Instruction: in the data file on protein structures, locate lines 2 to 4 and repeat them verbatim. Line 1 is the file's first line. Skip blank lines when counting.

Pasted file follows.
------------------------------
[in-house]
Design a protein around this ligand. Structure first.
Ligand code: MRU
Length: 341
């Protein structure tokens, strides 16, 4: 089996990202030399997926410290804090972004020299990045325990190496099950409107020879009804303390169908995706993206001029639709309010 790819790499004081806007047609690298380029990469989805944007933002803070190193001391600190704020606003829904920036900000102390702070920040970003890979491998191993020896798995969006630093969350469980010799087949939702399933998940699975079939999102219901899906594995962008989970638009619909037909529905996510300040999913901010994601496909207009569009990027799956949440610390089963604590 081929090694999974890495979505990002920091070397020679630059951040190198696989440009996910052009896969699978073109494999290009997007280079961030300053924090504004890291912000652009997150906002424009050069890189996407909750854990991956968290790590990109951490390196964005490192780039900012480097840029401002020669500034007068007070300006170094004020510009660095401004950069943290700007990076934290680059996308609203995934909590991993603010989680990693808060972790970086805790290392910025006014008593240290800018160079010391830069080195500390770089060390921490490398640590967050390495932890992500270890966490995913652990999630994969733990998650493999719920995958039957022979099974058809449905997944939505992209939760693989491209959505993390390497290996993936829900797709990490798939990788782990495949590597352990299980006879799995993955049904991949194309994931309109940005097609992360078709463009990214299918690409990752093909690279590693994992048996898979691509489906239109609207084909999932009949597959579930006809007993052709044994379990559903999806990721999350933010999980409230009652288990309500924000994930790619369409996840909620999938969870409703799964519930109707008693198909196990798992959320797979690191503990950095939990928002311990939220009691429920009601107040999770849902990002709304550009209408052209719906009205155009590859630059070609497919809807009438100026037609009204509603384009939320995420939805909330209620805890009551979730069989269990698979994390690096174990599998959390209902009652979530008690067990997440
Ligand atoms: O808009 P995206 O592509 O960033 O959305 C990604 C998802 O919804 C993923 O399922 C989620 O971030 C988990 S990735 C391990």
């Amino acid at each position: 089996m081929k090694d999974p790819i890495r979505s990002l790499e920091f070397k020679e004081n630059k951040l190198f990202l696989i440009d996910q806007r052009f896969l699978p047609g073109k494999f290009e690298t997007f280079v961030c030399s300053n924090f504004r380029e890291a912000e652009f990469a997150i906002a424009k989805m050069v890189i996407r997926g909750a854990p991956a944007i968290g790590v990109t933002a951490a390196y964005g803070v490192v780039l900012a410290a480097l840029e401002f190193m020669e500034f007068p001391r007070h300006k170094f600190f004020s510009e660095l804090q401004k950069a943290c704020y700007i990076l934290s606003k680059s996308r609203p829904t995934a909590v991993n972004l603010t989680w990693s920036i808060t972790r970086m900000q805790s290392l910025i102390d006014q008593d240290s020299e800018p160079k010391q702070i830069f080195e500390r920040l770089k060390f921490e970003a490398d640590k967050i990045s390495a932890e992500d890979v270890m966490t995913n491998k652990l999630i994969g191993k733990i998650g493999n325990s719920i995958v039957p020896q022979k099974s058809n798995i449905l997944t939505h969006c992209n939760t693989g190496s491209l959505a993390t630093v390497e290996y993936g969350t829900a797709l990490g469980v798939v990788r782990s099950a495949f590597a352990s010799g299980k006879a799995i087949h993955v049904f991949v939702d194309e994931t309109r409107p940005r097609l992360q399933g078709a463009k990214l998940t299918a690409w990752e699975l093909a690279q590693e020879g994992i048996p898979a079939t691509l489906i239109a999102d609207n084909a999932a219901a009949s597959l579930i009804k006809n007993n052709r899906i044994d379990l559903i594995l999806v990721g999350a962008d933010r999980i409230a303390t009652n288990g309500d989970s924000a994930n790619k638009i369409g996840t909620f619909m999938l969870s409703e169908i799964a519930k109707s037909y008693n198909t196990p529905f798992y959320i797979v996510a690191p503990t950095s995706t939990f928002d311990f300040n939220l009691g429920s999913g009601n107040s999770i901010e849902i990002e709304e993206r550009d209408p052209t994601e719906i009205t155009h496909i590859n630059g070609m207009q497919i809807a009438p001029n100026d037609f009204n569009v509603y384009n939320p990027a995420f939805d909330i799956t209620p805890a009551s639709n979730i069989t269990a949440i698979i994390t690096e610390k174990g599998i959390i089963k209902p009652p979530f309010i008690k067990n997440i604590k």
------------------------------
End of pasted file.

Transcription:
Design a protein around this ligand. Structure first.
Ligand code: MRU
Length: 341